Greening your business or urban lifestyle and rocking out to live bands at an outdoor festival don’t have to be mutually exclusive in Chicago.
The fourth annual Green Music Fest in Wicker Park and Bucktown this weekend is combining a two-day summertime street concert with demonstrations of ways individuals and companies can make their everyday lives and business operations more green.
The event’s producers are aiming to make the festival eco-friendly and challenging other Chicago fest organizers to do the same, says Robert Gomez, one of Green Music Fest’s organizers who was among the group that conceived the event four years ago. Mr. Gomez owns two Chicago live music venues, Subterranean and the Beat Kitchen, and is involved in organizing other summer concerts too.
Aside from the lineup of local and national bands on two stages (Dinosaur Jr. and Hey Rosetta! among others), there will be a Green Village, where local green businesses and nonprofits will demonstrate ways individuals can change their lifestyles and other business owners can alter their practices to be more mindful of the planet. Some of the activities will focus on renewable energy, recycling, worm composting, urban gardening and bicycling.
Local small-business vendors will be on hand as well to sell their wares to concertgoers. Some include: Greenheart Shop, Chicago Specialty Gardens, Coco Loco Jewelry, GiGi Handmade, Community Energy and Global Elements. Food vendors at the festival will use compostable plates and utensils, and they aren’t allowed to sell items in plastic bottles or plastic foam containers.
To minimize the environmental impact of the event, Chicago-based Bright Beat, a project management and sustainability consulting firm, is overseeing the waste diversion program with eco-stations to recycle and compost everything that’s consumed at the fest. Other sustainable features at the concert include biodiesel generators and LED lighting for efficient energy use, and a free bike parking area.
The two-day festival kicks off at noon Saturday on Damen Avenue between North and Schiller avenues. Crain’s met with Mr. Gomez earlier this week to learn more about the festival planners’ greening goals.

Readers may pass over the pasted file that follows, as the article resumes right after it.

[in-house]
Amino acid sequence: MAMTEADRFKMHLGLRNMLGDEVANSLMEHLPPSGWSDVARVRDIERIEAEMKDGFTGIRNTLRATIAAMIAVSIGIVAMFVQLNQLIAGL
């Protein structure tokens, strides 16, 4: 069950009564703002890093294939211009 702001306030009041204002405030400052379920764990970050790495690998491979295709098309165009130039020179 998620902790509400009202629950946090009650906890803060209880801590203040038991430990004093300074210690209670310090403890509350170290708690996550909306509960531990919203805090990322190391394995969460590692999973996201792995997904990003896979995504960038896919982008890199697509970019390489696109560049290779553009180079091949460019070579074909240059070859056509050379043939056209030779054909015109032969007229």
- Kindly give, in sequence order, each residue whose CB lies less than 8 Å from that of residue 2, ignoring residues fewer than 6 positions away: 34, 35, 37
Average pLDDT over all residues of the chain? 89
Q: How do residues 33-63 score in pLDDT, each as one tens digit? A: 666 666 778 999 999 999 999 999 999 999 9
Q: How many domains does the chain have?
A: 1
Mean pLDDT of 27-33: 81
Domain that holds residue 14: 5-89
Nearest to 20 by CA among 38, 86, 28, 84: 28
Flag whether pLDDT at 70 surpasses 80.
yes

Crain’s: Have you seen much growth over the last four years among green businesses that want to be part of this event?
Mr. Gomez: There’s enormous interest but it’s difficult for some to be part of the festival because of the economy. I thought I’d have 100 percent exclusive green vendors by the fourth year, but we’ve only got about a third of the space dedicated to them. It’s hard for small green vendors to commit their time and money to an event like this. Still, we’ll have a lot of great stuff for people to buy and learn about. We’ll also have the usual sunglasses and other festival things for sale.
About a dozen green companies will be on hand selling mostly lifestyle stuff (jewelry, fair trade gift items, composting kits). We’re excited to have a hybrid car on display from Fiat, and Fat Tire New Belgium Brewing Co. will have a booth informing people about how their entire brewing process is done sustainably. And GreenChoice Bank is one of our sponsors.
Crain’s: What’s the goal behind combining the two concepts of an outdoor concert and raising awareness about sustainability?
Mr. Gomez: My hope is that this festival and Wicker Park/Bucktown will be the leader in the city of encouraging green efforts among the small businesses here and people who attend. To put on a music festival, you can call it anything you want and people will come if you do a good job. When I proposed the idea of a green music fest four years ago, it obligated us to operate in a green way as much as possible. It’s more costly to put on an event this way than to ignore it.
For food vendors that participate, we have a high standard for their waste stream. This isn’t an organic food festival, but no plastic bottles are allowed and they can only use compostables and recycled paper products.
Crain’s: Do you think most concertgoers will care that the festival is green?
Mr. Gomez: A lot of people will come just to listen to music and drink the beer. But when they throw away that cup, someone will be there to make sure it goes into the proper container and tell them it’s being composted. They won’t be able to escape the green elements. We’re hoping to get 25,000 people depending on the weather.
Crain’s: Will it be a tough sell to encourage other local businesses to adopt more eco-friendly practices?
Mr. Gomez: In my own business at Subterranean, we converted to 80 percent recycling from 80 percent waste just two years ago. I made a commitment to make four containers for recycling and only one for waste. Ironically I’m saving money as a result too. If I can do that in a three-story business, other business owners around me can do it too. Maybe we can motivate others to see the economic advantages.
Crain’s: How are you trying to influence other Chicago festival producers to copy your greening tactics this weekend? What about local businesses?
Mr. Gomez: We’re figuring out a way to make this impossible for other festivals to refuse by doing it right. In time, this will be more economically feasible and attractive. With help from Bright Beat and others, we can educate other event producers that they can do this too. I anticipate that eventually every event in the city of Chicago will be obligated to step up their greening efforts to mirror ours.
We’re also hoping to influence businesses in Wicker Park and Bucktown by raising their consciousness to do things in a green way. When there’s an event like this in your backyard, it’s hard to ignore the green aspects.